Robert Whitaker answers reader questions on pharma marketing and psychiatric drugs

1
273

On the Mad in America podcast this week, we continue our reader Q&A with Mad in America founder Robert Whitaker. In Part 1, we discussed Mad in America, the biopsychosocial model and the history of psychiatry. For Part 2, we will be covering reader questions on pharmaceutical marketing and issues with psychiatric treatments including psychiatric drugs and electroconvulsive therapy. Thank you to all of you who took the time and trouble to send in your questions.

The transcript below has been edited for length and clarity. Listen to the audio of the interview here:

James Moore: Mary has sent in some questions and her first is, in the past, there were other tools used to at least try to help folks in crisis. Has anyone investigated how alternative therapies were diminished and basically vanquished? Was it related to medical insurance or government programs?

Robert Whitaker: It was related to 1980 and the third edition of the Diagnostic and Statistical Manual. If you go before 1980, back to DSM-I and DSM-II, those books tell of how psychiatric disorders often are reactions to difficulties in the environment or, say, to stressors in the family. There was always a core group of biological disorders, but that was a small group.

That was the understanding in the ’70s, that social things did count. Then what happened in the 1970s? Psychiatry as a profession said, “we’re under siege. Our future and our survival are threatened. Why is it threatened? Because there is an anti-psychiatry movement saying we function more as a means of social control than as medical doctors.” Benzodiazepines, their most famous and popular drugs, were seen as addictive and harmful. Their psychotherapy was not seen as any better than talk therapies offered by psychologists and counselors. There was a report that their diagnostic categories were invalid and unreliable. And finally, there were two things culturally that happened that made psychiatry say, we need to remake ourselves.

One was the movie One Flew Over the Cuckoo’s Nest, which presented the staff in a mental hospital as crazier than the patients and, frankly, brutal and oppressive. And then there was a paper published in Science by David Rosenhan. What he did in this experiment was he sent ordinary people to mental hospitals and they said they were hearing words like thud, etc. They were all admitted into the hospital and diagnosed with schizophrenia and never found out as imposters even though they stopped complaining about that word and never behaved poorly.

Now, there have been questions raised about that study but, nevertheless, in the 1970s, that hit like a bang, that we don’t know what insanity is. Five days or so after that paper appeared, the American Psychiatric Association (APA) said we have to redo our diagnostic manual. We’re going to set up a task force. And as they did this, they said, how can we rebrand ourselves? We can rebrand ourselves as doctors in white coats, as medical doctors. Now, how do you do that? You call psychiatric difficulties diseases of the brain.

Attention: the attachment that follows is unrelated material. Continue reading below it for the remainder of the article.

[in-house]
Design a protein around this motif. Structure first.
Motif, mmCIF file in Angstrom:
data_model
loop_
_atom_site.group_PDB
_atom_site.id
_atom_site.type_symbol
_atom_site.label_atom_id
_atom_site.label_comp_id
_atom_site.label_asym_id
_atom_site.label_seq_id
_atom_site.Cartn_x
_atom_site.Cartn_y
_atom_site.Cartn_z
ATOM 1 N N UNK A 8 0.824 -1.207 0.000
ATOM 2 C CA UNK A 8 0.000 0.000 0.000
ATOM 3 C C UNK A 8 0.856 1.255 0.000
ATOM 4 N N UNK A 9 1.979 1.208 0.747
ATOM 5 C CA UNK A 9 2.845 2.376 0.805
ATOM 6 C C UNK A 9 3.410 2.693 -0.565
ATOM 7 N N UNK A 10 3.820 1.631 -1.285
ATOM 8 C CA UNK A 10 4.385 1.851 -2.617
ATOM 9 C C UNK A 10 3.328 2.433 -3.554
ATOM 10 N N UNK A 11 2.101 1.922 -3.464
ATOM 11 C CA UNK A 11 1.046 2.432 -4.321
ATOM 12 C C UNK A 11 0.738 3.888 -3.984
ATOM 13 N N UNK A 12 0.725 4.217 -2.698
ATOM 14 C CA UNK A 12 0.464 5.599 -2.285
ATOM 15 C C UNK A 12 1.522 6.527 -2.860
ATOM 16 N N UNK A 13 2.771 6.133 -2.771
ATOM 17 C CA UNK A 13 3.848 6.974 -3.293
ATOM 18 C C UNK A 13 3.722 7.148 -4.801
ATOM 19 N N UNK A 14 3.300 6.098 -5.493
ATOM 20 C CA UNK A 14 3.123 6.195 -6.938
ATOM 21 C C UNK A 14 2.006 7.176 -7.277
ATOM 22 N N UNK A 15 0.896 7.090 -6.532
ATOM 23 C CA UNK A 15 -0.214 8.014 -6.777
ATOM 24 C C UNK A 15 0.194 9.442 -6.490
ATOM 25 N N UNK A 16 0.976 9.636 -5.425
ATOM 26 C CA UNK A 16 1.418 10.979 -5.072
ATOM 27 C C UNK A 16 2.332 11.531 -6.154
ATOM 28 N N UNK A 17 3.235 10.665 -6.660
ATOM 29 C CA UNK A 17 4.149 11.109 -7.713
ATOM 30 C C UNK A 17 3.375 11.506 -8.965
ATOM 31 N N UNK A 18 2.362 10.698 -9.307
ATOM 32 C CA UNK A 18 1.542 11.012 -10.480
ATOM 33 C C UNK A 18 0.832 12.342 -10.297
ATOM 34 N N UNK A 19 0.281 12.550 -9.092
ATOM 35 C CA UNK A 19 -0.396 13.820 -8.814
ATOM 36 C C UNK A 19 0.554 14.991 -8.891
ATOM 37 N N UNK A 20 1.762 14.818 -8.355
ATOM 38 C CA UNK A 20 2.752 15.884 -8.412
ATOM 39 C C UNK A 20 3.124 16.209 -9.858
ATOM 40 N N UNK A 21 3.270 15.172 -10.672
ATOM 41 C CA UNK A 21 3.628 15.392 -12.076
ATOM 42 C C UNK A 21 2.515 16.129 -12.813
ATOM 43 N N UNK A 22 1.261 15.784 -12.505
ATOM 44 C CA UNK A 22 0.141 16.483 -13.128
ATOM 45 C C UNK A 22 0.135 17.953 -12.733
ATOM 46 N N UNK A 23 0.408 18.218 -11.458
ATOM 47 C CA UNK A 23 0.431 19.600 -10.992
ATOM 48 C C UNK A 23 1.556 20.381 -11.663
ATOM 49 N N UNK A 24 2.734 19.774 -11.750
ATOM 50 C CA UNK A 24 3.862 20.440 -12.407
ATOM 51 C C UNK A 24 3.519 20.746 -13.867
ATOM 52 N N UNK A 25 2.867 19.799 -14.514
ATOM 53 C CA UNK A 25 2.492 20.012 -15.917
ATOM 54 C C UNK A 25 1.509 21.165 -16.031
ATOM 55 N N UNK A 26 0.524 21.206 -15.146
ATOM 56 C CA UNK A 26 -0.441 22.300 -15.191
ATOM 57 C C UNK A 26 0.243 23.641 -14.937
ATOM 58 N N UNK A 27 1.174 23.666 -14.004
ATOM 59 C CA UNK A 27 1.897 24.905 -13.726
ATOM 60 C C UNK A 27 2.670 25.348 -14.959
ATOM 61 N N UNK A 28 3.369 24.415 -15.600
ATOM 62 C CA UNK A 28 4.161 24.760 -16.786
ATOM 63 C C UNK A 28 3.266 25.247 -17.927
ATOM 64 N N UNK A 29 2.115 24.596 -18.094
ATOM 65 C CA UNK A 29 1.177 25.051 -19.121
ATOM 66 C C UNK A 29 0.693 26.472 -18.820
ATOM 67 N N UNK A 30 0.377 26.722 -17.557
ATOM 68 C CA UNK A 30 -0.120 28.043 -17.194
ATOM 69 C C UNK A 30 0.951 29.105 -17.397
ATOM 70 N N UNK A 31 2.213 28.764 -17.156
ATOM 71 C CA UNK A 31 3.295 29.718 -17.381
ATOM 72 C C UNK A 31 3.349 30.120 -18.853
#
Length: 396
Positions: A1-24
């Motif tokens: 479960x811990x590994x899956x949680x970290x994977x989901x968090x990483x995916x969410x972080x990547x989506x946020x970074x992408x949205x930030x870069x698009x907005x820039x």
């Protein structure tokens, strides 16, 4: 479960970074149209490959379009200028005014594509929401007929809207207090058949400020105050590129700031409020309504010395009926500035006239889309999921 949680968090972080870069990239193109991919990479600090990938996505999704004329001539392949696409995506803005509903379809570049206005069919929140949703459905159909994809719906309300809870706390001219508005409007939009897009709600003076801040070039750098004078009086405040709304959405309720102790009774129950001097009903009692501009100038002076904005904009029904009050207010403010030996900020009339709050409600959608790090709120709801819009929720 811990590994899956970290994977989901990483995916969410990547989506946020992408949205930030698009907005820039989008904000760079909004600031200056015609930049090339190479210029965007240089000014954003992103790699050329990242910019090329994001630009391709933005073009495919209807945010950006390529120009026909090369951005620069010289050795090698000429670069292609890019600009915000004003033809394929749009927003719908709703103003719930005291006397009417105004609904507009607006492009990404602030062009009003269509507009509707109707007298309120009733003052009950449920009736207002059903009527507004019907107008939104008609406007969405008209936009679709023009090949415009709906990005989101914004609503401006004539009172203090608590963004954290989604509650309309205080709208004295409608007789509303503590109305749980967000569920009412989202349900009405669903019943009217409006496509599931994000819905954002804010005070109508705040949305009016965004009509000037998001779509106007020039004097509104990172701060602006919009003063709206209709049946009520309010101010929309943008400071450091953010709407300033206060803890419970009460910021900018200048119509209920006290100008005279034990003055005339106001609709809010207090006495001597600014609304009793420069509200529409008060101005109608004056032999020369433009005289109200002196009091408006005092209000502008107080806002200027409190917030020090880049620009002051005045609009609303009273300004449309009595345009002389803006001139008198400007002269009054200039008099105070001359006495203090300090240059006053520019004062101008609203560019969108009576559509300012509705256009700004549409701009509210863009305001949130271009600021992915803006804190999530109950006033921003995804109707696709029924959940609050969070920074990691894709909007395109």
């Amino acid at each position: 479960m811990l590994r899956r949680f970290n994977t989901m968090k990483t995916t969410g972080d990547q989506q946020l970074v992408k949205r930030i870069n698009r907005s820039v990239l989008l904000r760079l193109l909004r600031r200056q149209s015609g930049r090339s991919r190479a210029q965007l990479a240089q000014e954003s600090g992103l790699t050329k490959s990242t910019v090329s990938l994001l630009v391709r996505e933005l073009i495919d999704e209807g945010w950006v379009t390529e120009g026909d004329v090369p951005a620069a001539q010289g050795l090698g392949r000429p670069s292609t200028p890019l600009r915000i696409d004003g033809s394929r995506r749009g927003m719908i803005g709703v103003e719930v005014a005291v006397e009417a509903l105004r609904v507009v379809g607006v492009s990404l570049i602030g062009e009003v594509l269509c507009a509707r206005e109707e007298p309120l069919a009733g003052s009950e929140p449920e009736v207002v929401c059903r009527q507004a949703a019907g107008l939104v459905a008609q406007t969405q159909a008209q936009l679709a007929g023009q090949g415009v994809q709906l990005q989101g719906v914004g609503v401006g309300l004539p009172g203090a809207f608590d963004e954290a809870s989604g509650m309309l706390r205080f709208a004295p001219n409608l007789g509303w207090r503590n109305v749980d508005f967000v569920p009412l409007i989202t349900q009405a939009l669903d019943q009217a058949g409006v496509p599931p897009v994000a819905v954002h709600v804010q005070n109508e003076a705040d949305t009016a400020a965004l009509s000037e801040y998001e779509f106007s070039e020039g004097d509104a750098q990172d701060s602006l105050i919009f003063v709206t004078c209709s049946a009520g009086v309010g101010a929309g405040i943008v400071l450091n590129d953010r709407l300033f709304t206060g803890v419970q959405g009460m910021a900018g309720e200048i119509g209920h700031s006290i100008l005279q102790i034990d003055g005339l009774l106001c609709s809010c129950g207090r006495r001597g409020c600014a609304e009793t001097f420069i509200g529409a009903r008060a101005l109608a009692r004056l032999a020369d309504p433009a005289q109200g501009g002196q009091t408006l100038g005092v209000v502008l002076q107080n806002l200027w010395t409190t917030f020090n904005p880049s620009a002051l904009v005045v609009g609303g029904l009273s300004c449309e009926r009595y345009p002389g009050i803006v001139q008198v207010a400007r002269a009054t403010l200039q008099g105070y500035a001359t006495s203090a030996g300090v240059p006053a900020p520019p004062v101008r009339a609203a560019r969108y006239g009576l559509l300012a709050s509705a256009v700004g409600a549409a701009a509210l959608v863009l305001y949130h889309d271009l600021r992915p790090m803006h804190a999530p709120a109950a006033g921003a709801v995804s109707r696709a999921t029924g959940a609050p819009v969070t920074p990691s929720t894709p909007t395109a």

There was no research that justified this rebranding, this re-conceptualization of what happened to human beings. This is new.

The minute that the APA published DSM-III, they had to sell this new model of thinking to the public, and they launched a big PR effort with money from the drug companies. Once that happens, health insurance companies say okay, if it’s a disease in the brain, why should we pay for talk therapy? Why should we pay for anything else? We’ll just pay for you to get the pill that fixes the disease. So that’s what happened.

But it’s important to understand that it happened because American psychiatry in the 1970s felt its future as a medical discipline was under siege. It was being threatened. And they rebranded themselves as doctors in white coats, they literally put on white coats, and what do doctors in white coats do? They fix illnesses in the brain. That’s when we begin hearing about chemical imbalances. And that’s when this completely false narrative was told to us.

Moore: A follow-up question from Mary. She asks, Did psychiatry become involved with the “Decade of the Brain”? Just for context, the decade of the brain was defined as the period between 1990 and 1999, and it was part of a large effort involving the National Institute of Mental Health and the National Institutes of Health to enhance public awareness of the benefits to be derived from brain research.

Whitaker: Yes, these fit in hand in glove. Part of the decade of the brain was the message to the public that we were discovering all these incredible things about the brain, making great advances, and of course, we’re going to decode the human genome during this time as well. So that becomes the larger context. Society is saying, “Wow, we’re learning so much from brain research.” And now psychiatry says, we’re at the forefront of this work because we’ve discovered the molecule for depression. We’ve discovered the molecule for psychosis and schizophrenia, and we now have drugs that fix those imbalances like insulin for diabetes.